Tuesday, March 08, 2011

Scottish Information Commissioner's Annual Report 2010

The Scottish Information Commissioner has published his 2010 Annual Report. Launching the report, Kevin Dunion, the Scottish Information Commissioner said:
It is clear from the data published today that the public are increasingly making use of their rights to information. This is sure to continue in the current economic climate, as more and more people want to understand the rationale behind spending cuts.
When public authorities receive information requests they are often faced with a choice between disclosing the information, or refusing to release it. It may well be that the refusal of the request is appropriate, for example where it involves personal data. However, as my decisions over the past year have shown, there are still many cases where authorities have not been justified in withholding information, even where the information might expose them to criticism or adverse publicity.
The good news, however, is that our survey results suggest that public authorities are becoming more comfortable with disclosing information, rather than withholding it, and these conclusions appear to be supported by the levelling-off of appeals coming to my Office. This is a positive sign, and evidence that freedom of information is now beginning to “bed in” in Scotland, with the FOI principles of openness and transparency increasingly being accepted by authorities.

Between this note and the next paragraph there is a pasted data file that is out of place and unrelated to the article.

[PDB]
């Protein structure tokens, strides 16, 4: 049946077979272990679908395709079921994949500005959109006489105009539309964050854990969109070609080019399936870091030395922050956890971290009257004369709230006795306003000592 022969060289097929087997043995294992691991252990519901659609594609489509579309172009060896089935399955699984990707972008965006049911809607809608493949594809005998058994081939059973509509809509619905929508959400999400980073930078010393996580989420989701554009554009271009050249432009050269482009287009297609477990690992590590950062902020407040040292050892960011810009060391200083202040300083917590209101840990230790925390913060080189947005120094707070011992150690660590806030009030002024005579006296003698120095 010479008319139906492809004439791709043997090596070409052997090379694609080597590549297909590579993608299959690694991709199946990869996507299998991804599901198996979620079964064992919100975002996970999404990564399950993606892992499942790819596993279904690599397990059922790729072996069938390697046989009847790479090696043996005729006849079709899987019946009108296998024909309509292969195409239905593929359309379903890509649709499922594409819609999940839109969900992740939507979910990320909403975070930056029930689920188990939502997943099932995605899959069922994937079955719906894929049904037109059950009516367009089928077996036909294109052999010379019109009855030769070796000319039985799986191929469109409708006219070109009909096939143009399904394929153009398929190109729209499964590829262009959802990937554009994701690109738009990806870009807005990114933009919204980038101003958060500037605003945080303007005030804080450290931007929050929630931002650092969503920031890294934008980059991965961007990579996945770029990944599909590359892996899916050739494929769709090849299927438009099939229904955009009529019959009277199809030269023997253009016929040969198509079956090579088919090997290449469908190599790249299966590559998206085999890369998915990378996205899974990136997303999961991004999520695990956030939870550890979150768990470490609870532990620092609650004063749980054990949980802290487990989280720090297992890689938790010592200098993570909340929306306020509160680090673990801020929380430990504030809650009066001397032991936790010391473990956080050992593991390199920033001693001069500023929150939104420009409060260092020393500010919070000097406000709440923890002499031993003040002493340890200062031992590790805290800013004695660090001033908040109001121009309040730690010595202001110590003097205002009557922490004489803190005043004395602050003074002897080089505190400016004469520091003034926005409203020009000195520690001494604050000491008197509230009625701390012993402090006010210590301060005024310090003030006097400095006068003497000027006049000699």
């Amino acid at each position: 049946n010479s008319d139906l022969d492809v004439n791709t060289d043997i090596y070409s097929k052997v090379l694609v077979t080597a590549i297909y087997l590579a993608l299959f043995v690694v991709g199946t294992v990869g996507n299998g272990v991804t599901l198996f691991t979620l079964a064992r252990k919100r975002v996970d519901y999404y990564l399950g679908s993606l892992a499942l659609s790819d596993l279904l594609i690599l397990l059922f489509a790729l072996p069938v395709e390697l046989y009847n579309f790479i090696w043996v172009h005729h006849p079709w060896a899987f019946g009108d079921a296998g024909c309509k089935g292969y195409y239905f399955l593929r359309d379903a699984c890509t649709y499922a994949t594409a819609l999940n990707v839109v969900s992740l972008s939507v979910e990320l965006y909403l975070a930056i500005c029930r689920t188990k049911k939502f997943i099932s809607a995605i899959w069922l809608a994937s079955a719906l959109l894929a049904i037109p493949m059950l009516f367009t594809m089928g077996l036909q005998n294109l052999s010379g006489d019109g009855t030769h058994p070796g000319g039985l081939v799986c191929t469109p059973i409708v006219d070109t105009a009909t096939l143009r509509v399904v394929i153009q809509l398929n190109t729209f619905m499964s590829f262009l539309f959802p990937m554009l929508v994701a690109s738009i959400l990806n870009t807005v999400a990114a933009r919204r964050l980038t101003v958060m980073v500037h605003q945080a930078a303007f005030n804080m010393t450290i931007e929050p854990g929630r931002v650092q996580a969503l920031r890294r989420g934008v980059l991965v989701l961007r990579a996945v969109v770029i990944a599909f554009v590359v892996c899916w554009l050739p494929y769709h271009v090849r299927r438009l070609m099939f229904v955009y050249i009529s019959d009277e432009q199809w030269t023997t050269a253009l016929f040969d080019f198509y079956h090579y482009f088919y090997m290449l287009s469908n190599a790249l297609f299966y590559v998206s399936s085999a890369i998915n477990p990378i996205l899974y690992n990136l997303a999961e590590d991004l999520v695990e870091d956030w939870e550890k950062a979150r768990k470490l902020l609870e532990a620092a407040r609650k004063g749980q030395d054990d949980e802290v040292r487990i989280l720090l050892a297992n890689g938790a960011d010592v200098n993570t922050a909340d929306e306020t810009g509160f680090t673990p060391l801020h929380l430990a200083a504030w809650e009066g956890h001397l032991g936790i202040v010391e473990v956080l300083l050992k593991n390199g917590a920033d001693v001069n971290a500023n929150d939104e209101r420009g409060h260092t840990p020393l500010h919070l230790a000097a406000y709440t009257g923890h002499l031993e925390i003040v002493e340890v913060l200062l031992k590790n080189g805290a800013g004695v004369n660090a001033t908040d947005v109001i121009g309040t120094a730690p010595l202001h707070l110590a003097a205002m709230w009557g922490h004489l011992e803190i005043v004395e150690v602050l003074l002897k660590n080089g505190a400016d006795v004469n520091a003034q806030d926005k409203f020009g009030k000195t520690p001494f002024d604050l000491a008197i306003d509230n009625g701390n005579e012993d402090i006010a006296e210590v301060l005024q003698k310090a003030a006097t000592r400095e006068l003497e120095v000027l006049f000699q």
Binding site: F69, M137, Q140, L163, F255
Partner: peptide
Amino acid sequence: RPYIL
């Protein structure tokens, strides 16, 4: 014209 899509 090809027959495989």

The bad news, though, is a widespread concern amongst authorities that a rise in often complex requests comes at a time when there is a reduction in the resources available to deal with them. Indeed, 41% of respondents to our survey identified this as the biggest FOI challenge they faced.
The Commissioner continued:
Scotland has led the way in the UK since the introduction of FOI six years ago, and the Scottish Government has demonstrated its commitment to FOI by removing exemptions that prevent the release of sensitive information after 15 years. However, the decision not to bring additional bodies, like Kilmarnock Prison or Glasgow Housing Association, under the scope of FOI in this parliament was a significant setback. Increasingly, public services are delivered by arms length organisations and private contractors, it is therefore extremely important that FOI rights continue to follow the public pound.
FOI in Scotland is at a crossroads, and now is not the time to diminish people’s rights. The public must be able to access information on how the decisions that affect public services and public spending are taken.
The Annual Report reveals that:
  • 408 FOI appeals were received by the Commissioner in 2010, following the refusal of information requests by Scottish public authorities;
  • The Commissioner closed 456 cases;
  • 249 formal decisions were issued, 50% more than in 2009;
  • The Commissioner issued his 1000th decision since the introduction of FOI in 2005. 1,188 decisions had been issued by the end of the year;
  • 74% of the applications were received by the Commissioner in 2010 came from members of the public;
  • The number of cases closed without investigation continued to decline over the year, with a drop of 16% on 2009 figures. This suggests that there is an increasing awareness amongst requesters of the FOI appeal process;
  • The Commissioner found that a public authority had breached the law in some way in 65% of the decisions issued;
  • The average age of cases being dealt with by the Commissioner continued to decline during 2010, meaning that individual applications are being resolved more quickly. The average age of cases closed during 2010 was 5.2 months.
The Annual Report can be downloaded as a pdf here.
An enhanced version of the Report including video footage, interactive tables, infographic and supporting statistics, can be viewed online here.

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